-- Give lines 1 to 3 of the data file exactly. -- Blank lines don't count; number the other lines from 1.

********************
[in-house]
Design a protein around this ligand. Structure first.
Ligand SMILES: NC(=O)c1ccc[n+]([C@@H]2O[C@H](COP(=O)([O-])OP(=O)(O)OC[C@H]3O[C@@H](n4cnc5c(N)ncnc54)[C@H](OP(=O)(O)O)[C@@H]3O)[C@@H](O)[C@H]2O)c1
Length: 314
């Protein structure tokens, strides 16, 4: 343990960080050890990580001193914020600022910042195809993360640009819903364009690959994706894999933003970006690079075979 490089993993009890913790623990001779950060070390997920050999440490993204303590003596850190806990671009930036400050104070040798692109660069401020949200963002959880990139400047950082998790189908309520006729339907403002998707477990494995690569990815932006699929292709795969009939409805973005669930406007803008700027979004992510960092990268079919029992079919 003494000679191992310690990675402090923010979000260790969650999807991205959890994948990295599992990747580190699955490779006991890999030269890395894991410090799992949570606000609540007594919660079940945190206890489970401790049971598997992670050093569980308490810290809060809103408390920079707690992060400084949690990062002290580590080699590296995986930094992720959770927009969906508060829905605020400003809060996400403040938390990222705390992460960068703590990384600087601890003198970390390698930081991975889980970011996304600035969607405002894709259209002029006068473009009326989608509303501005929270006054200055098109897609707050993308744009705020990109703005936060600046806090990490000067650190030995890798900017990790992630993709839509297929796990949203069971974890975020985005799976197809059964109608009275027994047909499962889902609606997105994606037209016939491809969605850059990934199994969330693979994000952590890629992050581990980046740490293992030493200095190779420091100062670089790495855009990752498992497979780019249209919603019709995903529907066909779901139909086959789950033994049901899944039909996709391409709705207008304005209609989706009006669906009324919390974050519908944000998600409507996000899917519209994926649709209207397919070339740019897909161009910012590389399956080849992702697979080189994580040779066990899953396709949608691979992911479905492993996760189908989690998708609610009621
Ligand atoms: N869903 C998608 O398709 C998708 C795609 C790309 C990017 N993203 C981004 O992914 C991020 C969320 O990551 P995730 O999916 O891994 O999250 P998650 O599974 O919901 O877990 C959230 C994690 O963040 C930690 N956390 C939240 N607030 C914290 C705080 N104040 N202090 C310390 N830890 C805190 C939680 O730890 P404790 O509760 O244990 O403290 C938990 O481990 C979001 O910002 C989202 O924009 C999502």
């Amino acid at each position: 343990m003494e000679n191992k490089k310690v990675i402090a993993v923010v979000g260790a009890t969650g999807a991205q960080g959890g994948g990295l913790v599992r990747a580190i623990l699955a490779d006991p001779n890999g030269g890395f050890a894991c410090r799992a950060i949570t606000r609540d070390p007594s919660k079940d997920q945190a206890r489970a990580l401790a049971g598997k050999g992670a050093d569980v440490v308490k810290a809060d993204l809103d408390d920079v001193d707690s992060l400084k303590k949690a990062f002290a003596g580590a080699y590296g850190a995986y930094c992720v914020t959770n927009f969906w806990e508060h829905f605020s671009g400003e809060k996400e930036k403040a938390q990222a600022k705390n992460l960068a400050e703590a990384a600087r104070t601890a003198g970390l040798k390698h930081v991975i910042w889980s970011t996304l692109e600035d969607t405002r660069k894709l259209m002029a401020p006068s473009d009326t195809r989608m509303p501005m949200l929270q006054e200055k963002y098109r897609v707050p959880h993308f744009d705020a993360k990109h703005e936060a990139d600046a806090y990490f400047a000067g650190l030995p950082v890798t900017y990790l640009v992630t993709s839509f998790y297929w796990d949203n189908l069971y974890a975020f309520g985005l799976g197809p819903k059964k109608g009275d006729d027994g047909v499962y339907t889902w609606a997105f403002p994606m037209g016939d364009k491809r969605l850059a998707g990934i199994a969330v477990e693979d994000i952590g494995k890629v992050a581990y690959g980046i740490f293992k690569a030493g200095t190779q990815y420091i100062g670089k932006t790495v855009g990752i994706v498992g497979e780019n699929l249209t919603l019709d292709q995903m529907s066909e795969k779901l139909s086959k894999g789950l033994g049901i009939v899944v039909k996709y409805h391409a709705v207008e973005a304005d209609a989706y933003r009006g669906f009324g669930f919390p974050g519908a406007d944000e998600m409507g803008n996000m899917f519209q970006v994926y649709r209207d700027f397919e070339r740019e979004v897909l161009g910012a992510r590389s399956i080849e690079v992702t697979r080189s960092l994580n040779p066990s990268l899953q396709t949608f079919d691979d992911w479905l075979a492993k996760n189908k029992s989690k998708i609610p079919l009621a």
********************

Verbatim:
[in-house]
Design a protein around this ligand. Structure first.
Ligand SMILES: NC(=O)c1ccc[n+]([C@@H]2O[C@H](COP(=O)([O-])OP(=O)(O)OC[C@H]3O[C@@H](n4cnc5c(N)ncnc54)[C@H](OP(=O)(O)O)[C@@H]3O)[C@@H](O)[C@H]2O)c1